Once Upon a Time:

In between exhaling colossal clouds of Maui Wowie – Patrick had concocted an idea for a trailblazing mini-series called “The Stoneingtons.” It centered around a bizarre television station that was controlled by a large, alien pot plant. A short while after Andrew and I moronically quit “Thicke of the Night,” Pat convinced his brother to put some money up for a pilot script and hired us to write it. I’m sure we still have a copy or two of this decidedly odd two-hour pilot.

“The Stoneingtons” was a fun time and a desperately needed payday but what happened next was something out of a fairy tale. A year or two before we moved down to L.A., Andrew and I penned a spec sitcom pilot entitled “Diplomatic Immunity.” It had a Fawlty Towers vibe to it. Diplomats from a very poor nation turn their embassy into a hotel so they can afford to keep it open and not have to return home to their horrible, war-torn country. Unbeknownst to Andrew and I, Pat handed the script to George who then decided to give it a quick flip-thru on the plane flight to an appearance.

There’s a Prince at the Door Holding a Slipper:

The dollar-store phone rang in our Van Nuys apartment. Luckily, Andrew managed to answer it before the cockroaches did because George Carlin was calling from that very same plane! He’d just finished reading our pilot and loved it. Our comedy hero was even quoting some of his favorite lines from the script to Andrew. It turns out he was working on a sitcom pilot of his own for HBO at that very moment. He’d hired Pat McCormick to help him with it but the project just wasn’t coming together. While the legendary Tonight Show writer was a master of one-liners from outer space and beyond, structure and plot cohesiveness were not the nails he could hang his false teeth on. George wanted to hire Andrew and myself to take the bits he’d already come up with and fashion a script around them. Unbelievably, Nicholls & Vickers were the two writers, out of everyone in Hollywood, that The George Carlin had chosen to help him work on his very first HBO pilot.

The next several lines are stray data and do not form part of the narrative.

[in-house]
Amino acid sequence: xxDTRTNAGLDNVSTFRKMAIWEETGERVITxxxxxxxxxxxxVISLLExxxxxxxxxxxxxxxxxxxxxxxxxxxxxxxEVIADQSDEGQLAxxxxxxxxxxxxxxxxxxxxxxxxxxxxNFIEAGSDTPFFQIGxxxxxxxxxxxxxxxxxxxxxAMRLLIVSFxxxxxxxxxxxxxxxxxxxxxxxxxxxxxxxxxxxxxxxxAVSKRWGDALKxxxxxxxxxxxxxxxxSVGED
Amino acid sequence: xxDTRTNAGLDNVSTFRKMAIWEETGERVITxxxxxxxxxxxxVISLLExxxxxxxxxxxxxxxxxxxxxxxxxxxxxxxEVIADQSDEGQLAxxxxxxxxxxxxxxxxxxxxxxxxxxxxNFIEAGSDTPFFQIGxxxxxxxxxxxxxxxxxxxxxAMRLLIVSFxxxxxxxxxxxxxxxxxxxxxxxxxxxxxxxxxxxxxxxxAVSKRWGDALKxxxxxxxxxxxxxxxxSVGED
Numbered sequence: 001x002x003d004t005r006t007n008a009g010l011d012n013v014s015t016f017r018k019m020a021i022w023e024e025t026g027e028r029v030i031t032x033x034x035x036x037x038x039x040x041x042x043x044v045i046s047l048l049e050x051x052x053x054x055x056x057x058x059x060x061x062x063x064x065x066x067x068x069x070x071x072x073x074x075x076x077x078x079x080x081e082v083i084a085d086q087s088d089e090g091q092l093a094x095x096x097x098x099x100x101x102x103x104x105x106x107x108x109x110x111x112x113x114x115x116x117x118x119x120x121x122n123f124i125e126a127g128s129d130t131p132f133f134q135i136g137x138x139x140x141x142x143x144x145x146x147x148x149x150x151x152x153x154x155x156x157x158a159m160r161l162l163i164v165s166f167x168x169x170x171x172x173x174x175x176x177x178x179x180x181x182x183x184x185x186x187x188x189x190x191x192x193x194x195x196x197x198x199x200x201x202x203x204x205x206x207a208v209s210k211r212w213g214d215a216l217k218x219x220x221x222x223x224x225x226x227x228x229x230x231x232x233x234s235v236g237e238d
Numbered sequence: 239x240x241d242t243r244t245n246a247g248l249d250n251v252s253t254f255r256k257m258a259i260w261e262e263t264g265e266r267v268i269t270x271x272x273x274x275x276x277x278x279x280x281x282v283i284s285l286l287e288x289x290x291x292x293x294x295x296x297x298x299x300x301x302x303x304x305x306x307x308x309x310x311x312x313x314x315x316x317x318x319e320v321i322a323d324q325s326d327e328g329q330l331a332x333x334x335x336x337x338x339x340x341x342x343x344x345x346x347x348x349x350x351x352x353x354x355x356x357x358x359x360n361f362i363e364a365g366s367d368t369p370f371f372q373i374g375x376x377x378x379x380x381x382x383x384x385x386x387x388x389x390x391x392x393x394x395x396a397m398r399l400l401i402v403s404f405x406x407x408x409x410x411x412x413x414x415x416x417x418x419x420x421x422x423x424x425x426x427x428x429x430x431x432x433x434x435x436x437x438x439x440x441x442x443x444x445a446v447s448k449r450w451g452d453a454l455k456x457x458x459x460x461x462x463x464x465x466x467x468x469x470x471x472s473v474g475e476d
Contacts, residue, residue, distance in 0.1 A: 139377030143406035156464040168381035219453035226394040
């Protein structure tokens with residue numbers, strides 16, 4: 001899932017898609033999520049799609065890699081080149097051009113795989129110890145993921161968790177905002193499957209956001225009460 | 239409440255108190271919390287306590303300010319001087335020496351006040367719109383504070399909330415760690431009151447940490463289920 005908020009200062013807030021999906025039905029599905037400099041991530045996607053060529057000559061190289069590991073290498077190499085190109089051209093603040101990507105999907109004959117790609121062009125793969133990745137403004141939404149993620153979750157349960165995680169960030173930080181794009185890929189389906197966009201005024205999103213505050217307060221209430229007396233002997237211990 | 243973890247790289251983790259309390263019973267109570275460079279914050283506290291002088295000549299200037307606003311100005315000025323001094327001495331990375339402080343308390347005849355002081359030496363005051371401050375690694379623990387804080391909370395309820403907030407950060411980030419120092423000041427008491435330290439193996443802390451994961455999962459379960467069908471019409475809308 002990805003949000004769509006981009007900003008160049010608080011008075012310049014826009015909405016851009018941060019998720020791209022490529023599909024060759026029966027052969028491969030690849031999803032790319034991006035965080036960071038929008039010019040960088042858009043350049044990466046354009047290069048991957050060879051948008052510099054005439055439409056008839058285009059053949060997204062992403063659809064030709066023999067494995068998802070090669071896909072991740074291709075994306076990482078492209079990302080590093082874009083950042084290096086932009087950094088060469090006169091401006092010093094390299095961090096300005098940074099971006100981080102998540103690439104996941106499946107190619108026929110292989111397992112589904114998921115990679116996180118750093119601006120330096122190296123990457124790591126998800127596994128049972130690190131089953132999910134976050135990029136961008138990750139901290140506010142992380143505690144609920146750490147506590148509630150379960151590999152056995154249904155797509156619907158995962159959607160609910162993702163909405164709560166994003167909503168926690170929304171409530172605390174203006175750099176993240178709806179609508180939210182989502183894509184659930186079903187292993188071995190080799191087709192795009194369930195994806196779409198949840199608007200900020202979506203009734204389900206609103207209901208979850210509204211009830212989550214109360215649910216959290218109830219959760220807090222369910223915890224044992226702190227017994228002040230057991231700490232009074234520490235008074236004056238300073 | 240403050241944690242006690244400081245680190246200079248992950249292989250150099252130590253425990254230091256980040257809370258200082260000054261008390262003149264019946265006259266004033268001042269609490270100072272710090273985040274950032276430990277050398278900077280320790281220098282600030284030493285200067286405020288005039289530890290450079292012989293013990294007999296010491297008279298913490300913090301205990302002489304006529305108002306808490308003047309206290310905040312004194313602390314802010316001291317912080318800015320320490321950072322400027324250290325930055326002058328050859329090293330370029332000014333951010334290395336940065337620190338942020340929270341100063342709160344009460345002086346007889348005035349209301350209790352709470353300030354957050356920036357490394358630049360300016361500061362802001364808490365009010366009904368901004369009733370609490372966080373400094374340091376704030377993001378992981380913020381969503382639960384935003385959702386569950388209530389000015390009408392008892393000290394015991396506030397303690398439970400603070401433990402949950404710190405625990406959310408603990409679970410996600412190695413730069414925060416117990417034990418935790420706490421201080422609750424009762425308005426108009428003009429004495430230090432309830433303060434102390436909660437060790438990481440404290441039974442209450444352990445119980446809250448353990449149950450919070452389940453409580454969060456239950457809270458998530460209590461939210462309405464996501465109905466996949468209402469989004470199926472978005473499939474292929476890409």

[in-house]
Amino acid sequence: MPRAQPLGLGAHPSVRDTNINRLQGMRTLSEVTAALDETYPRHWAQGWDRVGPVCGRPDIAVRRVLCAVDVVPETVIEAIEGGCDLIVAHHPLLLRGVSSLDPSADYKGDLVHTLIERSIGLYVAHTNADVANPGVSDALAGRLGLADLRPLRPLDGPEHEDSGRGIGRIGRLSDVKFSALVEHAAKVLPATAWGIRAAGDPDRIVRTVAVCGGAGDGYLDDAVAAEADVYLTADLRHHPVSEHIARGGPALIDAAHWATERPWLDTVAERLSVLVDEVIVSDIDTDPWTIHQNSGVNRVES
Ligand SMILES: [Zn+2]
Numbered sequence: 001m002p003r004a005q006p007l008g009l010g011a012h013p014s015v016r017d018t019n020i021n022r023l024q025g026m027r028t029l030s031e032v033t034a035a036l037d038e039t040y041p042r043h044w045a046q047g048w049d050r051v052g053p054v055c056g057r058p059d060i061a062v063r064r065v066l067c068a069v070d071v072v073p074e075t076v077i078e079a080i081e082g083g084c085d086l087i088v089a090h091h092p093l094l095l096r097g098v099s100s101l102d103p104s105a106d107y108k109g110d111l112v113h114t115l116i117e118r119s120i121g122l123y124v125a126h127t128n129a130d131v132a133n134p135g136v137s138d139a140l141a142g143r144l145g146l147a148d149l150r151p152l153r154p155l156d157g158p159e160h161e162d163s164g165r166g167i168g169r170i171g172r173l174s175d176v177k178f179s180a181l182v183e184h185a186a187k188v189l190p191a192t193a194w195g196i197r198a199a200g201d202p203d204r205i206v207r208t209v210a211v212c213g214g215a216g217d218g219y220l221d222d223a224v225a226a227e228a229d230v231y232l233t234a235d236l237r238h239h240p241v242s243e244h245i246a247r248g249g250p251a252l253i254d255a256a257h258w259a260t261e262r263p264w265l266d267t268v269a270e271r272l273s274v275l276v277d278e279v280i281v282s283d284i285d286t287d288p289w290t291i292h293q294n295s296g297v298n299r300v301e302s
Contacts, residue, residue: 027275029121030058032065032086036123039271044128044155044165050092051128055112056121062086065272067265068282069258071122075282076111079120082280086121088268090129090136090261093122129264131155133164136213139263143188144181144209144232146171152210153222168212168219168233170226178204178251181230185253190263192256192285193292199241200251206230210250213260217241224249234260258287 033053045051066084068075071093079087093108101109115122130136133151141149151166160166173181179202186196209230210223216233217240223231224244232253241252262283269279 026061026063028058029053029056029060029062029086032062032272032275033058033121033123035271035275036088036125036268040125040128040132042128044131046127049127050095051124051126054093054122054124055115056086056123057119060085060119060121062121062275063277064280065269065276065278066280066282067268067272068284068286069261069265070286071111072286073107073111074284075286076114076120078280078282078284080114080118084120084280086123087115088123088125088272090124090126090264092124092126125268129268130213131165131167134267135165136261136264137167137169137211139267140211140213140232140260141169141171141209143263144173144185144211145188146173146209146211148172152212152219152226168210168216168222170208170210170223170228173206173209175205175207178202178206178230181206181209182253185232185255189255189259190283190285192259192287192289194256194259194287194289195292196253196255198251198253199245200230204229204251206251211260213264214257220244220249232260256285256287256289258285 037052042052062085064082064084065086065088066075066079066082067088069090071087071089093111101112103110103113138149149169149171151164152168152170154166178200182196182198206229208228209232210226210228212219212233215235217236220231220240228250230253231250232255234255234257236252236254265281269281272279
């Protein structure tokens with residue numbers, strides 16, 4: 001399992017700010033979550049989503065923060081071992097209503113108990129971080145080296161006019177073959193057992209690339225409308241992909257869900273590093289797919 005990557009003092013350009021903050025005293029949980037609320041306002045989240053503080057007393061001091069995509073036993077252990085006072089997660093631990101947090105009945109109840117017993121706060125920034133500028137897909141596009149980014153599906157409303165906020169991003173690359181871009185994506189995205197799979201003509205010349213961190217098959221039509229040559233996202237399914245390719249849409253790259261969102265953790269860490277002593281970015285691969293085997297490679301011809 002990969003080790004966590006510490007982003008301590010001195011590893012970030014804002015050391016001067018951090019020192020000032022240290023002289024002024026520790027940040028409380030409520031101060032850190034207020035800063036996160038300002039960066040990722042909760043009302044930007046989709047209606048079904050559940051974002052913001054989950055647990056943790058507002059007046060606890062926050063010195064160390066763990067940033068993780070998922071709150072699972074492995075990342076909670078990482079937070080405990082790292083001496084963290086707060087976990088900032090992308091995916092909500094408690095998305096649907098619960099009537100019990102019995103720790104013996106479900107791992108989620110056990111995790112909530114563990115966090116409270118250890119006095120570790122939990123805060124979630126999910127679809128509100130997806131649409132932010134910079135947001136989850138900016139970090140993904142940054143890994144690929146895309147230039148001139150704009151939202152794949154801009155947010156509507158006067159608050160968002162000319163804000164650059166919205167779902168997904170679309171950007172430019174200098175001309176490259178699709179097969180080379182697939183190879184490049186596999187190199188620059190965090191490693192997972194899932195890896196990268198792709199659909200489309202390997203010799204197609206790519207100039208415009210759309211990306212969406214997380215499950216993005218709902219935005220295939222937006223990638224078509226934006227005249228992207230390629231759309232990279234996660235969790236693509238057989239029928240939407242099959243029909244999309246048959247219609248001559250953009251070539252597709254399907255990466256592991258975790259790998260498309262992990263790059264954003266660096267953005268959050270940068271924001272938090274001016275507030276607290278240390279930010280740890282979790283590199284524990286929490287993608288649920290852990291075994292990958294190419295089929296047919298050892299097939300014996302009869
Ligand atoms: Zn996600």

MOTHERFUCKER!!! … not to mention “cocksucker and tits.”

Next week, we get to work with one of the greatest comedians in history, someone famous accidentally almost kills themselves with a door and Andrew and I have a very, very difficult decision to make.  



Darrell Vickers started out as one half of Toronto area band, Nobby Clegg.  CFNY fans may remember the cheery song “Me Dad” which still gets airplay.  From there, he valiantly ventured to L.A. and eventually became head writer for The Tonight Show with Johnny Carson.  Since then, he’s created numerous sitcoms and animation shows in Canada and the U.S.  He still writes music and has an internet band called Death of the Author Brigade (members in Croatia, Canada and the U.S.)   Mr. Vickers also had a private music mailing-list where he features new and pre-loved music.  Anyone who would like to be added to his daily mailing list, just write him at Radiovickers1@gmail.com